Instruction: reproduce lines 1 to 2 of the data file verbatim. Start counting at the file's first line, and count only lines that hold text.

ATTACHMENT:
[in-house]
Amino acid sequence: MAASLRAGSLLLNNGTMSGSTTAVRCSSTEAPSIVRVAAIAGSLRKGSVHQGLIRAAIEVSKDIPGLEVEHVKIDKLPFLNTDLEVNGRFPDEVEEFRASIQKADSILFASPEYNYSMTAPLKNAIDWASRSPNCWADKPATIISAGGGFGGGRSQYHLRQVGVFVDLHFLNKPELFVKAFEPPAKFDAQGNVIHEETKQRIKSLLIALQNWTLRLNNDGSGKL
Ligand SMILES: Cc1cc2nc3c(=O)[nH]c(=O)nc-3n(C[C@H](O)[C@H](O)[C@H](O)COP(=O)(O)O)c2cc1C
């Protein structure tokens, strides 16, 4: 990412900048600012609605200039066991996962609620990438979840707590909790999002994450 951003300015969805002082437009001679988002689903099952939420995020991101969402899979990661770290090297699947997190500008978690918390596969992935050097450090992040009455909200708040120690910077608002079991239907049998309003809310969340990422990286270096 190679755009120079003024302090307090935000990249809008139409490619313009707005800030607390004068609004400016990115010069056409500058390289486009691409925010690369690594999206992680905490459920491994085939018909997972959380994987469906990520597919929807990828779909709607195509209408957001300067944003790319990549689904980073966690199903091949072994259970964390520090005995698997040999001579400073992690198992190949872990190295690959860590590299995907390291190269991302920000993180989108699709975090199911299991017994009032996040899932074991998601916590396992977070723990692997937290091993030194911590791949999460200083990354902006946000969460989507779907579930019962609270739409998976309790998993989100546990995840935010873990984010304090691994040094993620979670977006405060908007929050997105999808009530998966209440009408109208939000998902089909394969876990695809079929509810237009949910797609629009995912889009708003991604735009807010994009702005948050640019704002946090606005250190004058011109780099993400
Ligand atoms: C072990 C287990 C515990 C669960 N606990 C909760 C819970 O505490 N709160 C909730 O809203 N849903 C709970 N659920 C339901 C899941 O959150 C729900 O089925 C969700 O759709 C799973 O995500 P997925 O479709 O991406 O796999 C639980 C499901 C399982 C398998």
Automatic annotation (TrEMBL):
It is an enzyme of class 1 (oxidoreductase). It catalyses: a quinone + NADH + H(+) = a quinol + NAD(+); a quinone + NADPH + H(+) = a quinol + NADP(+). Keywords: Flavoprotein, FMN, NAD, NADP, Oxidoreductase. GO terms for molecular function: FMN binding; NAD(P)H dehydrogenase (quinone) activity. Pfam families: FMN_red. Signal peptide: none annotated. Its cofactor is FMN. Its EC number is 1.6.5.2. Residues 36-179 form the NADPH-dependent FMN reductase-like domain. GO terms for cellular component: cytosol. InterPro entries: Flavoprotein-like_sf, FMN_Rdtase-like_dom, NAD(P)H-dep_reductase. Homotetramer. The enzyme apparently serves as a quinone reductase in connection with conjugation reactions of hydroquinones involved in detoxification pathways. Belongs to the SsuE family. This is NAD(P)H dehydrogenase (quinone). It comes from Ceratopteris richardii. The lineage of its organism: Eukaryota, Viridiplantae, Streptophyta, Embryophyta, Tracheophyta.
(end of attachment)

[in-house]
Amino acid sequence: MAASLRAGSLLLNNGTMSGSTTAVRCSSTEAPSIVRVAAIAGSLRKGSVHQGLIRAAIEVSKDIPGLEVEHVKIDKLPFLNTDLEVNGRFPDEVEEFRASIQKADSILFASPEYNYSMTAPLKNAIDWASRSPNCWADKPATIISAGGGFGGGRSQYHLRQVGVFVDLHFLNKPELFVKAFEPPAKFDAQGNVIHEETKQRIKSLLIALQNWTLRLNNDGSGKL